Is a "do it yourself" Will worth it? : Brandon Business, Probate and Real Estate Law Blog

Is a "do it yourself" Will worth it?

by Jaimee B. Henbest, Esq. on 04/01/11

With the invention of the internet, the "do it yourself" craze began.  These days, you can find "do-it-yourself" articles on just about anything.  However, it is important to decide which types of things you can effectively do for yourself and those you should not.  Although a "do-it yourself" article on how to bake a Thanksgiving Dinner will probably be ok, using a do it yourself Will can have many undesired results.

Often individuals do not understand the consequences of the choices they make in drafting and signing their Will.  Typically the templates or examples you find online are fill in the blank and generic.  Additionally, the forms are not specific to the state you live in and do not take into account the law where you live. 

For example, a Florida Will must comply with the Florida Statute on Wills to be valid.  How you sign your Will in Florida can have significant impact on the result of your Will, if the Will is contested or submitted for probate.  If a Will does not have a proper self-proving affidavit, the work that must be done to prove the Will is authentic is increased which can cause the family to incur additional costs and delays in the probate process.  Additionally, when having a Will drafted in Florida, it is also important to know that Florida law places restrictions on certain things such as who can be the guardian of your children and who you can leave your homestead to.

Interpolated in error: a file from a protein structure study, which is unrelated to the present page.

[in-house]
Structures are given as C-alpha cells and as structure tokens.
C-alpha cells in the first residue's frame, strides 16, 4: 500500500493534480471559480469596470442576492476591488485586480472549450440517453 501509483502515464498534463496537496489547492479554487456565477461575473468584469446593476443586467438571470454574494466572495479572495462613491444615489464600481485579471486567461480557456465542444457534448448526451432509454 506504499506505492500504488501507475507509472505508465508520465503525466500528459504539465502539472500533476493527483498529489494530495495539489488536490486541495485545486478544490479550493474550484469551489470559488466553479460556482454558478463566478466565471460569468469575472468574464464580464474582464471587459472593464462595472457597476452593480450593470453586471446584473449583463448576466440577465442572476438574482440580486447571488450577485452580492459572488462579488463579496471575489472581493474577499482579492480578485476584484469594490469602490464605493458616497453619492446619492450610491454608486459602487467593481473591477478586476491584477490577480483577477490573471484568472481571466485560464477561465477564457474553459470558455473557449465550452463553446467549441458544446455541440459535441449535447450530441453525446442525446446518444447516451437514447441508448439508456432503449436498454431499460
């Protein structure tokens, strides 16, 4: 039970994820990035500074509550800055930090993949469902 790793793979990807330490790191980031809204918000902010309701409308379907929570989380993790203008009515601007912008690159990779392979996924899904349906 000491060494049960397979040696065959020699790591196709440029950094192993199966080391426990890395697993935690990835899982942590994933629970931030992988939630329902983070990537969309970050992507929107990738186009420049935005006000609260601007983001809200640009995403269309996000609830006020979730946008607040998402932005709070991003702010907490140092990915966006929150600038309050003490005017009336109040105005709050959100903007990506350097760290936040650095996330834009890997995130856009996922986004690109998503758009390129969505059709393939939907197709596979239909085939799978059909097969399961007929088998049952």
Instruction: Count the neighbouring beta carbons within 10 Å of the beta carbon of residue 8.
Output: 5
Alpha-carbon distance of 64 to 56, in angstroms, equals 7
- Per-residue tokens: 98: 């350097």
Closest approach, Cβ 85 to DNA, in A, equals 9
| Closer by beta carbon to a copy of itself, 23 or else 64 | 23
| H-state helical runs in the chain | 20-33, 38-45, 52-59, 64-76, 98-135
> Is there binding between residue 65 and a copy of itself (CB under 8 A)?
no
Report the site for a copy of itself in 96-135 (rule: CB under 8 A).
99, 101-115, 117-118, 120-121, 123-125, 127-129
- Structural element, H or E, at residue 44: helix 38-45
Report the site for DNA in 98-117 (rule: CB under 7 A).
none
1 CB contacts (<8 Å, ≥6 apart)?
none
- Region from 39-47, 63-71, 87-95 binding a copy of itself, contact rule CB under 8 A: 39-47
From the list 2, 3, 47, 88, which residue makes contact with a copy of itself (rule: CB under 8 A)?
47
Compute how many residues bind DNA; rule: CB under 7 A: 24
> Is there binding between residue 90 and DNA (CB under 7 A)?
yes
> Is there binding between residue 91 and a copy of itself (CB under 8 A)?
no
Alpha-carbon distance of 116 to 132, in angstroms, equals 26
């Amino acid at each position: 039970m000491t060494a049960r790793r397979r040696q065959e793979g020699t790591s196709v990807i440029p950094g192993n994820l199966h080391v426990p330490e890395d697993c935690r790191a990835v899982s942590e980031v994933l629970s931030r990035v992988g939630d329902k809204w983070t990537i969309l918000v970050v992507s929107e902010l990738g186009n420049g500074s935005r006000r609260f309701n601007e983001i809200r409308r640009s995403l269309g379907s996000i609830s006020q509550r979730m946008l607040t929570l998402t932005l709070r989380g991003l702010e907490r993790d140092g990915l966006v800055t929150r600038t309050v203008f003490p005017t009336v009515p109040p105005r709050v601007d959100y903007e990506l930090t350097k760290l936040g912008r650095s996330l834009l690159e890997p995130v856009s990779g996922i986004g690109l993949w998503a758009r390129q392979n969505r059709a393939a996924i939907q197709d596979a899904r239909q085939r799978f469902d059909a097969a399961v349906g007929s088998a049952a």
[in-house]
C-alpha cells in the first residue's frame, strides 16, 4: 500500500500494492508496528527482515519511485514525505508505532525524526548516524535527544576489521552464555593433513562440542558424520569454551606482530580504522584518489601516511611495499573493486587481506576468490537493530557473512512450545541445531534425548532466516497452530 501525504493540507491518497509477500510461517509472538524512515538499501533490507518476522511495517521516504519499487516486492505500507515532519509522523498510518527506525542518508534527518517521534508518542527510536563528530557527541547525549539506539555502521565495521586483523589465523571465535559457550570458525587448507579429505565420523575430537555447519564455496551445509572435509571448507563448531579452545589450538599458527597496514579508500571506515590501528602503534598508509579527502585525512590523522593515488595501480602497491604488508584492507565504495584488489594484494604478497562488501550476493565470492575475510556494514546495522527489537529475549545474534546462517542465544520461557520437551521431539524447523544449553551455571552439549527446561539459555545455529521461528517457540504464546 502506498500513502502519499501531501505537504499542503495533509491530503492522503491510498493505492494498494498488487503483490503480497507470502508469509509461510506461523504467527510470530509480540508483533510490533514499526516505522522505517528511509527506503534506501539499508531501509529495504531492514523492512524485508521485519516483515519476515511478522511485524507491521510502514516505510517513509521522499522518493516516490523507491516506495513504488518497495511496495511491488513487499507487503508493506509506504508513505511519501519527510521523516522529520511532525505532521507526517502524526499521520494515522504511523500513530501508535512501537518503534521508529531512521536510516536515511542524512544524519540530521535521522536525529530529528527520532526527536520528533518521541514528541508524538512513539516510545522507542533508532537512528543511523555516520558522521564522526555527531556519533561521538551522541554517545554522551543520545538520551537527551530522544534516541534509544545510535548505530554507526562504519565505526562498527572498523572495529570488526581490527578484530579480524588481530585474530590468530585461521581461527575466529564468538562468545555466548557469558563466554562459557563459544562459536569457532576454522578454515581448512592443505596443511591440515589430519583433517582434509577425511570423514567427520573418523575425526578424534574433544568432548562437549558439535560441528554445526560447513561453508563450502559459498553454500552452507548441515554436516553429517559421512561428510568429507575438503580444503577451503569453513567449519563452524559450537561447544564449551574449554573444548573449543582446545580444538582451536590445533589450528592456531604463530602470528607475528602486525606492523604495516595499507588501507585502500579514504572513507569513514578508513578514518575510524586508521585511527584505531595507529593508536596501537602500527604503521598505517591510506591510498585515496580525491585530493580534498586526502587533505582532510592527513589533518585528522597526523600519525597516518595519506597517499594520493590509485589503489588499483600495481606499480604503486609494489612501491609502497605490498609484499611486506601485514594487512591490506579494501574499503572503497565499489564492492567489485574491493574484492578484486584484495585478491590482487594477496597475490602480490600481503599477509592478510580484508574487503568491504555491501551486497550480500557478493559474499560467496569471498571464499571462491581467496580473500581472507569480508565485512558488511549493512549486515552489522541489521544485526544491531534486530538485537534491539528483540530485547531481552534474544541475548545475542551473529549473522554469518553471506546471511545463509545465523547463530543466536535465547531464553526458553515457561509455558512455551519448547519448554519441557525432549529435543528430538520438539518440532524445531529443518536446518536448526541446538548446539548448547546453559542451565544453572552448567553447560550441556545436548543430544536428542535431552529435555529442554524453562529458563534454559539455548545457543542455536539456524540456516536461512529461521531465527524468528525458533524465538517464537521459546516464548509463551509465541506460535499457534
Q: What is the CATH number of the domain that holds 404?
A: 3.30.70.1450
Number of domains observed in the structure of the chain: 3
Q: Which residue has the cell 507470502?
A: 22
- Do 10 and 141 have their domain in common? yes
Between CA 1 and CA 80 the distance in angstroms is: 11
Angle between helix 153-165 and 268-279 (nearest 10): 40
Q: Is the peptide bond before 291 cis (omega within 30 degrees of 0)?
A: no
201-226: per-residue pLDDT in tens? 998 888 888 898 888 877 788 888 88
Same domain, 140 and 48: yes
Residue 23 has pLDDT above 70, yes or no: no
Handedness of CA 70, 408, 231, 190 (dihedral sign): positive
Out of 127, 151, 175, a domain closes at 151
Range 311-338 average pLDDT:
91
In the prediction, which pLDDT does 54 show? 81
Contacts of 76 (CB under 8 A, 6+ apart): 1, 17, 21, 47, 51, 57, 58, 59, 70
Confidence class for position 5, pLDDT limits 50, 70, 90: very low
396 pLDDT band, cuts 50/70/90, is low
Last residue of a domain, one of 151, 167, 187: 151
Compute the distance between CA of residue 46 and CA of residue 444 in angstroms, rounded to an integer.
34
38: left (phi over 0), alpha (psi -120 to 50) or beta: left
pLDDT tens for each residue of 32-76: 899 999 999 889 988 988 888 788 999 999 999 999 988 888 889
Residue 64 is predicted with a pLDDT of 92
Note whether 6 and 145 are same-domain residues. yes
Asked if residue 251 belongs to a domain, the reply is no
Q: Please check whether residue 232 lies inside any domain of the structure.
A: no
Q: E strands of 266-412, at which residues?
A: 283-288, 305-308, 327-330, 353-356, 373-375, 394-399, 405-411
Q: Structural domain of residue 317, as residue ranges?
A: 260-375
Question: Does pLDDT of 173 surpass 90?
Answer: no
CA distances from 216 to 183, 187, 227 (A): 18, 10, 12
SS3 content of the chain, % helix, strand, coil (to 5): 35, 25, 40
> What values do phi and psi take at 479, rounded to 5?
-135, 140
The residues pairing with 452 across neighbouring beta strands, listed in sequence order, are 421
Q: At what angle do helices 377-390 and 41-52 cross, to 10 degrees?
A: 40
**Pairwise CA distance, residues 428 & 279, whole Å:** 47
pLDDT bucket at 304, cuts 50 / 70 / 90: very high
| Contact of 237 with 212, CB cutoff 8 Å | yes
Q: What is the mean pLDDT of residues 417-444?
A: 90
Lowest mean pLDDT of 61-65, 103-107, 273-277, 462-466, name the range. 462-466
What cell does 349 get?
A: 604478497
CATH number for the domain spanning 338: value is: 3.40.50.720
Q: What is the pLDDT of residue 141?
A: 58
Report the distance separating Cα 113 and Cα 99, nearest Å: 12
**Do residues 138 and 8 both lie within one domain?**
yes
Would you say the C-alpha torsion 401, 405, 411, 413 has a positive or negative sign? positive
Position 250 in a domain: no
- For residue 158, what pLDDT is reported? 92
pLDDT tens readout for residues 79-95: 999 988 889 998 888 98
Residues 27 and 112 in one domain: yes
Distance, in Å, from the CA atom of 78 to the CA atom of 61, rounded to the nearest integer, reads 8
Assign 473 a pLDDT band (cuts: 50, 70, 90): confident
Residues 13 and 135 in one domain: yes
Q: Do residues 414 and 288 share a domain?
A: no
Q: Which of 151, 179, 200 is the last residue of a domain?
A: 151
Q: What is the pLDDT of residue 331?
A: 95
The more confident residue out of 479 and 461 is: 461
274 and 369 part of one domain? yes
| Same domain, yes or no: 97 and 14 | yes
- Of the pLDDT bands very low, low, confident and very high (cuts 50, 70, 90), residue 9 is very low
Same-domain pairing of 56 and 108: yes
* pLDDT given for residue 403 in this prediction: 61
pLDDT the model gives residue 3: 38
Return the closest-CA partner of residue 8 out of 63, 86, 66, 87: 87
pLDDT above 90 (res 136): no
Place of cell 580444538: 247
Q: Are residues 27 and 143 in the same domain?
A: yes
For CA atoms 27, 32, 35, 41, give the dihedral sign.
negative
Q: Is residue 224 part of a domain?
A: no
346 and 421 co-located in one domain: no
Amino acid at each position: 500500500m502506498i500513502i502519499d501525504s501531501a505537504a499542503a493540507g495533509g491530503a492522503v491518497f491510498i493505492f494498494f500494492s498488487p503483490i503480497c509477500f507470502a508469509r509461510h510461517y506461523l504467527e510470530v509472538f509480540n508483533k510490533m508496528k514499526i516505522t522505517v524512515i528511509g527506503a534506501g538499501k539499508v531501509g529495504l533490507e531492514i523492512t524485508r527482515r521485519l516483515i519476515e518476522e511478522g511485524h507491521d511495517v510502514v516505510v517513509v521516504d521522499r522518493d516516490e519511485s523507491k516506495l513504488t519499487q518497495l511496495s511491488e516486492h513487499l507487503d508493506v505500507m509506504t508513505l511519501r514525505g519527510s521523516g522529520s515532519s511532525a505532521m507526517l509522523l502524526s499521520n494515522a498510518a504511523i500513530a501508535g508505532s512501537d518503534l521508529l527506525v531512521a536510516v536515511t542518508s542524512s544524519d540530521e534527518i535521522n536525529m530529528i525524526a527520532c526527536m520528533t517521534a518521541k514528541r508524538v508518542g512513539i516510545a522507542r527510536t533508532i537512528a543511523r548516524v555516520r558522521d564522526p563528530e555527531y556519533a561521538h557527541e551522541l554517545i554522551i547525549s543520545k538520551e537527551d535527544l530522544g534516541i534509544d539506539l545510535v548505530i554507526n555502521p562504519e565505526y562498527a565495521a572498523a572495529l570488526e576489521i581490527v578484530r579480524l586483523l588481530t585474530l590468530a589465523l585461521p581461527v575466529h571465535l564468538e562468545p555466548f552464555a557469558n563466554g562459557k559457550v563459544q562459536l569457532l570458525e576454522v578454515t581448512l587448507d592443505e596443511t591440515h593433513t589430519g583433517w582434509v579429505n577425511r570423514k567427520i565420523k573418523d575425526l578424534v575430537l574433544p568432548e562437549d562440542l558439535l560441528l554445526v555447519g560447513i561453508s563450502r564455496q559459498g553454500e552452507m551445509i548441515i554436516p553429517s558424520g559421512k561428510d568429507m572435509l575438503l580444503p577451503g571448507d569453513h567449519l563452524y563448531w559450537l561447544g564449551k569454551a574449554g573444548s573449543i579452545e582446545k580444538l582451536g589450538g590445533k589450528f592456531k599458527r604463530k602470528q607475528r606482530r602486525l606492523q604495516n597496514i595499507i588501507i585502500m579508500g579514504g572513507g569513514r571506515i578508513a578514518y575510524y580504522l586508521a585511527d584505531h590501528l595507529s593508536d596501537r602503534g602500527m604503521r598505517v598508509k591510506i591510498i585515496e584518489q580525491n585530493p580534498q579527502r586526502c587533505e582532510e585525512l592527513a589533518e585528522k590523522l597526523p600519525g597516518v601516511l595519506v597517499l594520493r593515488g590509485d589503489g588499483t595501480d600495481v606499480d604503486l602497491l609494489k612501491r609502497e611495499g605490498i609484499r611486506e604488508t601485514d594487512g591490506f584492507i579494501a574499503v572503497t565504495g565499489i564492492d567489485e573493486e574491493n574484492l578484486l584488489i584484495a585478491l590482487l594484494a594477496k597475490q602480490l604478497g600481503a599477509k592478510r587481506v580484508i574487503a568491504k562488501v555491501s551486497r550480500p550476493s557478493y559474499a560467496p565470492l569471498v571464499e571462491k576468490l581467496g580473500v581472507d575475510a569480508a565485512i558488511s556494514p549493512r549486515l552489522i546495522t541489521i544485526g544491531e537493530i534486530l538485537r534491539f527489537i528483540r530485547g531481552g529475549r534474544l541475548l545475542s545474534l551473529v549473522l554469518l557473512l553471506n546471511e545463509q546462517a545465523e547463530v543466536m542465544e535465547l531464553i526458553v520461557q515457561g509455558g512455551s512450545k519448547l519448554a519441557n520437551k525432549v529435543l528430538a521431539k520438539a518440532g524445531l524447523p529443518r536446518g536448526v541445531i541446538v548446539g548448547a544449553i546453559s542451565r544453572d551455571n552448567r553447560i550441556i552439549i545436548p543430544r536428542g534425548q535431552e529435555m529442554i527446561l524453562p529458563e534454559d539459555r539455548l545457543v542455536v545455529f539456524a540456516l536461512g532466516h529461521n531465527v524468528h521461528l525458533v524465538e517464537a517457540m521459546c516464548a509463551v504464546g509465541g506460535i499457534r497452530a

You are drafting your Will because you want to ensure that your spouse, children and other relatives are properly taken care of and you want to prevent family infighting after you die.  It is important to make sure your Will is binding so your efforts are not for nothing.  Your family or those you leave behind will be left to deal with the results of your Florida Will or your other Florida estate planning documents.  It is important to get the documents right.  A Florida estate planning attorney can tailor your Will to plan for your specific circumstances and can put you on the right track to making sure that your Will is valid.  For more information on estate planning or how we can help you with your Florida Estate Plan see our website or send us an e-mail.

Posted by Jaimee Henbest
Jaimee Henbest is an associate with the law firm of Rory B. Weiner, P.A.  Jaimee's practice areas include estate planning, probate and trust administration matters and real estate.


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